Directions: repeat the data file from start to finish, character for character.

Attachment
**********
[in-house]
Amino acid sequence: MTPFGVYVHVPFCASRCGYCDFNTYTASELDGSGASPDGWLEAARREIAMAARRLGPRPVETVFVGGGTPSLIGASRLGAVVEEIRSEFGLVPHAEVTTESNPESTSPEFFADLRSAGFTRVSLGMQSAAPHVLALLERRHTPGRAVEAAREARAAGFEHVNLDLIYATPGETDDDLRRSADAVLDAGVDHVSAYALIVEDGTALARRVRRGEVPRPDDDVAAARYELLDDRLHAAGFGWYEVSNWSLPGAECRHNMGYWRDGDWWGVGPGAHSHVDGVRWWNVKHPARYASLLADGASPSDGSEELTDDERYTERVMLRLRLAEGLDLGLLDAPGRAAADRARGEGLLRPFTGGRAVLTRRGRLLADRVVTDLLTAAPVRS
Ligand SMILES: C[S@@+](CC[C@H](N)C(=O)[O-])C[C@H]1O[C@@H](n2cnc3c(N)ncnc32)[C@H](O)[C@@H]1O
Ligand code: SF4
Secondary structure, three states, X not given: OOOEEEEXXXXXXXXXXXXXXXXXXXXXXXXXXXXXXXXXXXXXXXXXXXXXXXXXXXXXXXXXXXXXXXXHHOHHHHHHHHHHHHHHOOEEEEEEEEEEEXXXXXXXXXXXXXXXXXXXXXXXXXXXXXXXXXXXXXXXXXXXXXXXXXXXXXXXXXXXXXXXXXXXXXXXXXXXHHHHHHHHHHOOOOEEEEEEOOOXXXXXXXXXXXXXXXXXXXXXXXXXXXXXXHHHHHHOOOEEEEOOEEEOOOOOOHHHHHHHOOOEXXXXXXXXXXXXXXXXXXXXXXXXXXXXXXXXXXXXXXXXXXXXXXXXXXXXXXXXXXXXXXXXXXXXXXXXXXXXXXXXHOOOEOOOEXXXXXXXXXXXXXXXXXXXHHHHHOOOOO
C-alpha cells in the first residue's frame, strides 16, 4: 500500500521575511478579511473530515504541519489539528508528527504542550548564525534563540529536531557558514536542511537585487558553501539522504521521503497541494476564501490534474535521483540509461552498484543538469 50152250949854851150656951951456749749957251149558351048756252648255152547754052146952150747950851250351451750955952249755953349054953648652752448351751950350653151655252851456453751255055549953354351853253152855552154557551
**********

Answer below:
[in-house]
Amino acid sequence: MTPFGVYVHVPFCASRCGYCDFNTYTASELDGSGASPDGWLEAARREIAMAARRLGPRPVETVFVGGGTPSLIGASRLGAVVEEIRSEFGLVPHAEVTTESNPESTSPEFFADLRSAGFTRVSLGMQSAAPHVLALLERRHTPGRAVEAAREARAAGFEHVNLDLIYATPGETDDDLRRSADAVLDAGVDHVSAYALIVEDGTALARRVRRGEVPRPDDDVAAARYELLDDRLHAAGFGWYEVSNWSLPGAECRHNMGYWRDGDWWGVGPGAHSHVDGVRWWNVKHPARYASLLADGASPSDGSEELTDDERYTERVMLRLRLAEGLDLGLLDAPGRAAADRARGEGLLRPFTGGRAVLTRRGRLLADRVVTDLLTAAPVRS
Ligand SMILES: C[S@@+](CC[C@H](N)C(=O)[O-])C[C@H]1O[C@@H](n2cnc3c(N)ncnc32)[C@H](O)[C@@H]1O
Ligand code: SF4
Secondary structure, three states, X not given: OOOEEEEXXXXXXXXXXXXXXXXXXXXXXXXXXXXXXXXXXXXXXXXXXXXXXXXXXXXXXXXXXXXXXXXHHOHHHHHHHHHHHHHHOOEEEEEEEEEEEXXXXXXXXXXXXXXXXXXXXXXXXXXXXXXXXXXXXXXXXXXXXXXXXXXXXXXXXXXXXXXXXXXXXXXXXXXXHHHHHHHHHHOOOOEEEEEEOOOXXXXXXXXXXXXXXXXXXXXXXXXXXXXXXHHHHHHOOOEEEEOOEEEOOOOOOHHHHHHHOOOEXXXXXXXXXXXXXXXXXXXXXXXXXXXXXXXXXXXXXXXXXXXXXXXXXXXXXXXXXXXXXXXXXXXXXXXXXXXXXXXXHOOOEOOOEXXXXXXXXXXXXXXXXXXXHHHHHOOOOO
C-alpha cells in the first residue's frame, strides 16, 4: 500500500521575511478579511473530515504541519489539528508528527504542550548564525534563540529536531557558514536542511537585487558553501539522504521521503497541494476564501490534474535521483540509461552498484543538469 50152250949854851150656951951456749749957251149558351048756252648255152547754052146952150747950851250351451750955952249755953349054953648652752448351751950350653151655252851456453751255055549953354351853253152855552154557551